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Your guide to subarachnoid haemorrhages

Man holding his head in pain - subarachnoid haemorrhages

A subarachnoid haemorrhage (SAH) is a serious, life-threatening condition that requires emergency admittance to a hospital’s Medical Assessment Unit and then a quick transfer to the care of the neurology team.

If SAH is not diagnosed and treatment is delayed, complications can arise and a patient’s condition can deteriorate rapidly with severe consequences.

The onset of a major brain haemorrhage can occur without warning and only half of all patients are affected by prior symptoms. A patient may arrive at A&E suffering from the rapid onset of a severe headache or they could be in a coma.

Doctors should be acutely aware of even the relatively minor symptoms

While diagnosis is not straightforward, doctors at a hospital’s A&E department should be acutely aware of even the relatively minor symptoms that sometimes occur, which may give an indication of SAH. A delay or failure to correctly and promptly identify and treat SAH can lead to avoidable disability or death.

While in some circumstances, a progressive recovery may be achieved, for many patients, the disability will be permanent. The effects of a brain injury can vary from headaches through to severe mental and physical incapacity. Patients may require lifelong care, support, treatment, specialist equipment and adapted accommodation.

Finding out whether there has been a delay in treatment or a misdiagnosis can often be a complex process. If you are considering bringing a medical negligence claim as a result of poor medical treatment, you need a specialist lawyer with proven expertise in medical negligence claims.

Sensitivity and understanding throughout

Understandably, medical negligence cases can be emotionally difficult and therefore demand the highest degree of sensitivity and understanding by lawyers throughout the claims process.

Our dedicated team of specialist solicitors have many years of experience in successfully resolving clinical negligence claims. We can help you find out why the system failed to provide the appropriate care at the right time and, crucially, obtain answers and compensation to ensure that your future financial needs arising because of the negligence are met.  These may include treatment, equipment, support and accommodation.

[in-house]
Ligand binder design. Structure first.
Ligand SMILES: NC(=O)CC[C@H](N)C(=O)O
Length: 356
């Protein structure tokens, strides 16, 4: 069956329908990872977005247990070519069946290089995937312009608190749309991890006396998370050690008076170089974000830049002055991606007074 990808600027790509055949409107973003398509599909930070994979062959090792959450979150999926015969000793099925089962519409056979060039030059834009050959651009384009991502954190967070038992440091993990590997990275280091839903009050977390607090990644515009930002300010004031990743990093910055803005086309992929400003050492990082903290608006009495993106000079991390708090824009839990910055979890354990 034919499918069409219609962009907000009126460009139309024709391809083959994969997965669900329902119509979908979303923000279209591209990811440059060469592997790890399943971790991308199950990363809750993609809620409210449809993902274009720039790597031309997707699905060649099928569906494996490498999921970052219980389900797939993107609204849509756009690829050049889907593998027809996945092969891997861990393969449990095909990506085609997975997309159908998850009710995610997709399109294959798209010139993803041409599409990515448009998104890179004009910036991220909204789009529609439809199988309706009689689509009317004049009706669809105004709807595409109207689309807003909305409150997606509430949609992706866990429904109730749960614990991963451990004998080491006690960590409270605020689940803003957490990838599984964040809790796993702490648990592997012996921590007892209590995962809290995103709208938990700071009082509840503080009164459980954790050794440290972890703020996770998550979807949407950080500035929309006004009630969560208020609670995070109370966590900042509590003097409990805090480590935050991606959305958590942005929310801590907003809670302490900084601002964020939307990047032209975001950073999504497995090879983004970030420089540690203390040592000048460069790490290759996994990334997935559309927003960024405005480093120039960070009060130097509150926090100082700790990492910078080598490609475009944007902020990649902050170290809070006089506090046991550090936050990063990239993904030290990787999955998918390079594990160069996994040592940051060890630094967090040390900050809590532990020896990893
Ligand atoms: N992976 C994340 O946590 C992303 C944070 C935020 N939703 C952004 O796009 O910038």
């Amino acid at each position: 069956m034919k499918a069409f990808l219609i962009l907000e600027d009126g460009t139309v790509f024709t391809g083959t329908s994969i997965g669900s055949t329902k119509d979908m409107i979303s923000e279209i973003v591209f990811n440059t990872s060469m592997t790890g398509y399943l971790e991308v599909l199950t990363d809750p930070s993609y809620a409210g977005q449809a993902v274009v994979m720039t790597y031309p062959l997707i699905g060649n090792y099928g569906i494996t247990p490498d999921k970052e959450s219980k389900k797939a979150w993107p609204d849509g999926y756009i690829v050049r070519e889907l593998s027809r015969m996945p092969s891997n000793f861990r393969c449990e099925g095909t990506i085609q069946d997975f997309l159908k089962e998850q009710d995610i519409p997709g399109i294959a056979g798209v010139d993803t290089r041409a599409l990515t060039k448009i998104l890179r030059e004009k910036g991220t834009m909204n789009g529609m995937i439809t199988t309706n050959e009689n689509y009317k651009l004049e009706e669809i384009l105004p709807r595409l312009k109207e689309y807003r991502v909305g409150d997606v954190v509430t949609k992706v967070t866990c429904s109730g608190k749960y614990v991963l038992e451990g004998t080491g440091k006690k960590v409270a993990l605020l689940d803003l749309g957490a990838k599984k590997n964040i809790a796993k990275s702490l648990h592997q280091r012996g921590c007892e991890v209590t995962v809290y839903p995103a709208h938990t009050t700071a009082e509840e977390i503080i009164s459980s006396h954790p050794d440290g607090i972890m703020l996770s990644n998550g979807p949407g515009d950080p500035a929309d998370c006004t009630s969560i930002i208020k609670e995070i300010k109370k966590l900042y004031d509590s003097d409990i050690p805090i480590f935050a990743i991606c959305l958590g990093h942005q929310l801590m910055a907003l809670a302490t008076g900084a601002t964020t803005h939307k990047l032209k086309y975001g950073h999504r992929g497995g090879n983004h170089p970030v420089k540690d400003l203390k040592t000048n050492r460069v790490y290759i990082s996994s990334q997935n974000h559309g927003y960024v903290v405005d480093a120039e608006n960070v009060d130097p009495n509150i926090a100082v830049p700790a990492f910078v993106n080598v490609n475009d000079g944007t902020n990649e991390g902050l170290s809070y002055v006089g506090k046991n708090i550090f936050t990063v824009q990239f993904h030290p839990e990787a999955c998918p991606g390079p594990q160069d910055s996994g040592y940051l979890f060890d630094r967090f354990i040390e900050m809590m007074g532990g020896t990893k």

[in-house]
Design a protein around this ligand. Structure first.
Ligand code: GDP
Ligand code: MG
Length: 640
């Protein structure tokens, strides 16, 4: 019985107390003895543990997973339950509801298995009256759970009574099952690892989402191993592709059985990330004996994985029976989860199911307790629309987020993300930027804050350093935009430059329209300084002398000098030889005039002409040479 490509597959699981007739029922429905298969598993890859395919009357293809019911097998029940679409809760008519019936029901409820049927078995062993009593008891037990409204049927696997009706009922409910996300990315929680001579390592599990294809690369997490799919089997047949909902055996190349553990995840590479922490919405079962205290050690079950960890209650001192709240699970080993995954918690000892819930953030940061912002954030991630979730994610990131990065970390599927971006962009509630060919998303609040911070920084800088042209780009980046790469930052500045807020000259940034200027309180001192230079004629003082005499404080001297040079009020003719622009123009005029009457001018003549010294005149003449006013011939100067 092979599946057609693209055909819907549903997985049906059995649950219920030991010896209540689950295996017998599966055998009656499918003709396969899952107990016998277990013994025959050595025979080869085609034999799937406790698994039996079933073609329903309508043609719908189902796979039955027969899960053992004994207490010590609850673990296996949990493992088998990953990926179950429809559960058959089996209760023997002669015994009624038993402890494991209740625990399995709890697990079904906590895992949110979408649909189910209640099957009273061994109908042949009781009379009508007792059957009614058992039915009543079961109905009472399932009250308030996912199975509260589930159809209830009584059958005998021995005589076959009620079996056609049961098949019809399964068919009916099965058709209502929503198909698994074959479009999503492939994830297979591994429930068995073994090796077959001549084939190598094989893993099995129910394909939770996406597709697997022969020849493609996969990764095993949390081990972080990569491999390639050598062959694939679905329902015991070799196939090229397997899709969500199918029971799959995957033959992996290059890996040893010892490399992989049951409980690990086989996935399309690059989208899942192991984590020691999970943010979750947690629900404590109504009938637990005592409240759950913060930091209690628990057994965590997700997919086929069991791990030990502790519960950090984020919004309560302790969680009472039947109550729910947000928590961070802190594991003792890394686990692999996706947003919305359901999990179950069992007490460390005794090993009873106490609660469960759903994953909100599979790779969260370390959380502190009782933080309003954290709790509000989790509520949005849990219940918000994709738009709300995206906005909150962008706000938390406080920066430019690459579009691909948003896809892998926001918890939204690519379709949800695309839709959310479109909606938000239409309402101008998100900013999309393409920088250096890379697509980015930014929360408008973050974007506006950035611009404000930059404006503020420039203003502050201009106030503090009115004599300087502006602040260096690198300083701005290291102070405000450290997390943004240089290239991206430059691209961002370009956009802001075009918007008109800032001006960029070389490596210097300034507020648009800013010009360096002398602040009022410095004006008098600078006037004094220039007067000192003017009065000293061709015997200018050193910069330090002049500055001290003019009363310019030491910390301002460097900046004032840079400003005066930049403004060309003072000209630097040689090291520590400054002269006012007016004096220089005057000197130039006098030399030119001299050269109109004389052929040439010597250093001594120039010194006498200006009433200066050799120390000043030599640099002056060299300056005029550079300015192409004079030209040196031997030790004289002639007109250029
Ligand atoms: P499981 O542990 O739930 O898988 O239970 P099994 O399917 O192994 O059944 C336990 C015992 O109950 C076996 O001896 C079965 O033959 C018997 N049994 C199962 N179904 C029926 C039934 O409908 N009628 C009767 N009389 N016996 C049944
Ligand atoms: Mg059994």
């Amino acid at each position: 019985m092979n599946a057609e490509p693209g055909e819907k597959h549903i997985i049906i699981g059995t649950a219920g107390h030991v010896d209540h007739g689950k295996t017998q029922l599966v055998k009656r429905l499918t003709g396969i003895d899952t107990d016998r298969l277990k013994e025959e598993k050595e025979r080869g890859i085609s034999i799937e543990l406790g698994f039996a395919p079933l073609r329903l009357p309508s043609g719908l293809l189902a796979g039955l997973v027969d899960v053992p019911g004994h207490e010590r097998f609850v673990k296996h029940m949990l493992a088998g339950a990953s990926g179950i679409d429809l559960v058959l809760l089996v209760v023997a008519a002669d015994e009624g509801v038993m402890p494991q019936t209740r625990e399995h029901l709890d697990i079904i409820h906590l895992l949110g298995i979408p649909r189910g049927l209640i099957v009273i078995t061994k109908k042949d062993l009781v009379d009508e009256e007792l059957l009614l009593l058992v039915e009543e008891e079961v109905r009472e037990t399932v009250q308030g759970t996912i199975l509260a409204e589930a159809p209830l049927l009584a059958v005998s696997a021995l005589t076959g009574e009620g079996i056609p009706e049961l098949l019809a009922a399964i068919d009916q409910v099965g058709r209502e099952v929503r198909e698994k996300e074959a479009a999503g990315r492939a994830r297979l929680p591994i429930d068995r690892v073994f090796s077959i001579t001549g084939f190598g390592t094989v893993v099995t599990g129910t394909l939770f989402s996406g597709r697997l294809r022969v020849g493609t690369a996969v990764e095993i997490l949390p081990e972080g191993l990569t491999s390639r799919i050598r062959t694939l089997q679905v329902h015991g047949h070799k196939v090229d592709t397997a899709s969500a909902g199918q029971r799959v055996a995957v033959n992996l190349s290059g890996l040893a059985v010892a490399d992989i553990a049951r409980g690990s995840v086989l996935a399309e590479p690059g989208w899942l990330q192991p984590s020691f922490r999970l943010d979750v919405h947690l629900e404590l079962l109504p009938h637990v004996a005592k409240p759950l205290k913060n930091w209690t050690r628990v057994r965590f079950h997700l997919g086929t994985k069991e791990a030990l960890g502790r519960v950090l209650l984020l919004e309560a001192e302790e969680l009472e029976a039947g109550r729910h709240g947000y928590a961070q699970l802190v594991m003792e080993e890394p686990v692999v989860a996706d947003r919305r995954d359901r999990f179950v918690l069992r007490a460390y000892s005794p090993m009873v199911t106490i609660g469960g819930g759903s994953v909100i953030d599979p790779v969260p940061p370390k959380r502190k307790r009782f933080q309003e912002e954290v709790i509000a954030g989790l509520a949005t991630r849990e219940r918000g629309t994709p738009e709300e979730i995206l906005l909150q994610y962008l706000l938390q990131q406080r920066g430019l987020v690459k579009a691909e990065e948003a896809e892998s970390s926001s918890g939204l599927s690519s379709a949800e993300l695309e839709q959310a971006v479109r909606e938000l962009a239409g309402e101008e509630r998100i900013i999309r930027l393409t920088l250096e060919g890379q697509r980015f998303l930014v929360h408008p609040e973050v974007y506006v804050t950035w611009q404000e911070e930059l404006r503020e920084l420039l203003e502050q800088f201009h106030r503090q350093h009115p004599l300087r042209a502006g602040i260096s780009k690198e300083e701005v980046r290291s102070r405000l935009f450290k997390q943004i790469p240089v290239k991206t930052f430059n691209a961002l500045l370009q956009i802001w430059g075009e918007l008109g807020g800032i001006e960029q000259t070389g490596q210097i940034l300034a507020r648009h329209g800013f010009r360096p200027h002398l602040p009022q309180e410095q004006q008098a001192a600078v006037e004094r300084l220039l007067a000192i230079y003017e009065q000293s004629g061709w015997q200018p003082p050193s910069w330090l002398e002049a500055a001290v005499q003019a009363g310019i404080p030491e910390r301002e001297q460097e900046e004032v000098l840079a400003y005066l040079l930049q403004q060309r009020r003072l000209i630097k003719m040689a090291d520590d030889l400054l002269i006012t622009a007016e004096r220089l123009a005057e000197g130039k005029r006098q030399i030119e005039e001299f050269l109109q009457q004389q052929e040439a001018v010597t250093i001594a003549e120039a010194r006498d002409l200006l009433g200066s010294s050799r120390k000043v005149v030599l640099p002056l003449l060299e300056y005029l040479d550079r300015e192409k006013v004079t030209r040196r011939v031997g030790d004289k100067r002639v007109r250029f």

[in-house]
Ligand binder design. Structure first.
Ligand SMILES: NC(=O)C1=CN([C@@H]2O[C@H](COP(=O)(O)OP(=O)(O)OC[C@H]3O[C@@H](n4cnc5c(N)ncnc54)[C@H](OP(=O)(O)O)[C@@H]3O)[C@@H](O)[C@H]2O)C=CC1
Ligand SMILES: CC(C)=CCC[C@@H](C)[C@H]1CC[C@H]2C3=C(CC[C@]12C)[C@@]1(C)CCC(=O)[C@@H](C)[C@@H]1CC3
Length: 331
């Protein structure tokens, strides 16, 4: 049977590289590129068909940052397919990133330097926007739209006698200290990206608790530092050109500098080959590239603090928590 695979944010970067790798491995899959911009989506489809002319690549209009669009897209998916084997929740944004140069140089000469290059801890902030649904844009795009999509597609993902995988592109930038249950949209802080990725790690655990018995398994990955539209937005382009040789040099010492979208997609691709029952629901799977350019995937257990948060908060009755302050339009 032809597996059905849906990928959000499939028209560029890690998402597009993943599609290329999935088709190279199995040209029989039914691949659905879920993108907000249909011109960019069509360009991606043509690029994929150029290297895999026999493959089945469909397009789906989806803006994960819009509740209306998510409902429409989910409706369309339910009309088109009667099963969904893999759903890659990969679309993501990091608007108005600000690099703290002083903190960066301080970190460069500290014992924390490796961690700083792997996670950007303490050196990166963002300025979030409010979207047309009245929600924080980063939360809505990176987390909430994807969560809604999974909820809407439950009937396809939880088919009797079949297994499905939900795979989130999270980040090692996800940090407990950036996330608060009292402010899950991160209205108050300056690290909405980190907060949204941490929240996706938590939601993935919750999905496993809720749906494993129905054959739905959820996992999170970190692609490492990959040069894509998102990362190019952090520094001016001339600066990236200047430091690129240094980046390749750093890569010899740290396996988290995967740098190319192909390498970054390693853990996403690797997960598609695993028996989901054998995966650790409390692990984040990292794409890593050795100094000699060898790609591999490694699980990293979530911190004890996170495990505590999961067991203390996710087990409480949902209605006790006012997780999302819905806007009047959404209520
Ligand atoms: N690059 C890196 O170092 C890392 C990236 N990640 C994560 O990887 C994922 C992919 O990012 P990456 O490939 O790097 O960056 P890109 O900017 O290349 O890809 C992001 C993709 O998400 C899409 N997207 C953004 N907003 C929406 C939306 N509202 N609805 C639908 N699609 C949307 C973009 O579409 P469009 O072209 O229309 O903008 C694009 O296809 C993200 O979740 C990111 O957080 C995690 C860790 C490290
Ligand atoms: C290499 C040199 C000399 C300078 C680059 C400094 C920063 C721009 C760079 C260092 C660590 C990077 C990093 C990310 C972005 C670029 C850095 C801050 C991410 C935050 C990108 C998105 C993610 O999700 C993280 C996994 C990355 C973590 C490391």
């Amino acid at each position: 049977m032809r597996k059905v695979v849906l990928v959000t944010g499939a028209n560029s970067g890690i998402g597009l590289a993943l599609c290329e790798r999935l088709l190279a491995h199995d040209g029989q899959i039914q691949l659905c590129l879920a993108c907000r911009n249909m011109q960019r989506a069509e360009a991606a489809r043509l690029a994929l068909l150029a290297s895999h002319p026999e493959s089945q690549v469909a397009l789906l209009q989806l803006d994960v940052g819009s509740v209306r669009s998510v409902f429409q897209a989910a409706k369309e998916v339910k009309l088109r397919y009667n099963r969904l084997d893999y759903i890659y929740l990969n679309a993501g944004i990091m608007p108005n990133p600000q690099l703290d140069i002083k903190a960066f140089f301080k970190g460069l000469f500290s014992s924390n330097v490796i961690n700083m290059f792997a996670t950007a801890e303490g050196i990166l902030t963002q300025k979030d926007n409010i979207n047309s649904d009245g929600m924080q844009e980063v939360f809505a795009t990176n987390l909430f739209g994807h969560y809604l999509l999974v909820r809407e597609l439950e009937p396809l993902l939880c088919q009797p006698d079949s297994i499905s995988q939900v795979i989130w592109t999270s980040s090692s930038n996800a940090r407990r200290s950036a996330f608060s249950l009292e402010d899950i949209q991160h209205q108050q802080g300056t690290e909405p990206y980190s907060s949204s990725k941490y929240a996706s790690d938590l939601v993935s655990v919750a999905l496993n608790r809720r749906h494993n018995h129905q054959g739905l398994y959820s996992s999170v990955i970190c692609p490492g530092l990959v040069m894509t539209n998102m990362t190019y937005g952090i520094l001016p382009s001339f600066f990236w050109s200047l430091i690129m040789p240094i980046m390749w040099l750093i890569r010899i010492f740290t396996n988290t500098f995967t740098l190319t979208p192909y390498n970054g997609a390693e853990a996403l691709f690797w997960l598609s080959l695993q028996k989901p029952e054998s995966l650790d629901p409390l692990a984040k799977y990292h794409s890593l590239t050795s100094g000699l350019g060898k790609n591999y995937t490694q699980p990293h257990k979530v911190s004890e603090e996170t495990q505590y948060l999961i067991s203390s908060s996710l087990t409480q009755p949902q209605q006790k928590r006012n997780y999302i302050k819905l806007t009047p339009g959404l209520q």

SAH statistics

  • 1 in every 20 strokes or around 8,000 people suffer from a SAH in the UK every year.                                                                                                                   (NHS UK)      
  •  SAH is the cause of about 6% of first strokes.                                      (Patient.co.uk)        
  • Over 11,000 people were admitted to hospitals in England with a SAH between April 2012 and April 2013.                                                                                 (NHS UK)                                                                                          
  • SAH is most common in people aged between 45 and 70, affecting slightly more women than men.                                                                                               (NHS UK)             
  • The average age for a SAH is 50 years - most patients are aged under 60 years.  (Patient.co.uk)

What is a subarachnoid haemorrhage (SAH)?

A subarachnoid haemorrhage is a type of stroke caused by sudden bleeding on the surface of the brain.

The brain is covered by layers of tissue linings or membranes.  A SAH occurs under one of these layers – known as the ‘arachnoid’ membrane - where the vessels supplying blood to the brain are located. They are also surrounded by cerebrospinal fluid (CSF), which protect the brain and spinal cord.

What causes a SAH?

In around three quarters of cases, a SAH is the result of a ‘brain aneurism’ – a balloon-like swelling caused by a weakness in the wall of one of the blood vessels supplying blood to the brain.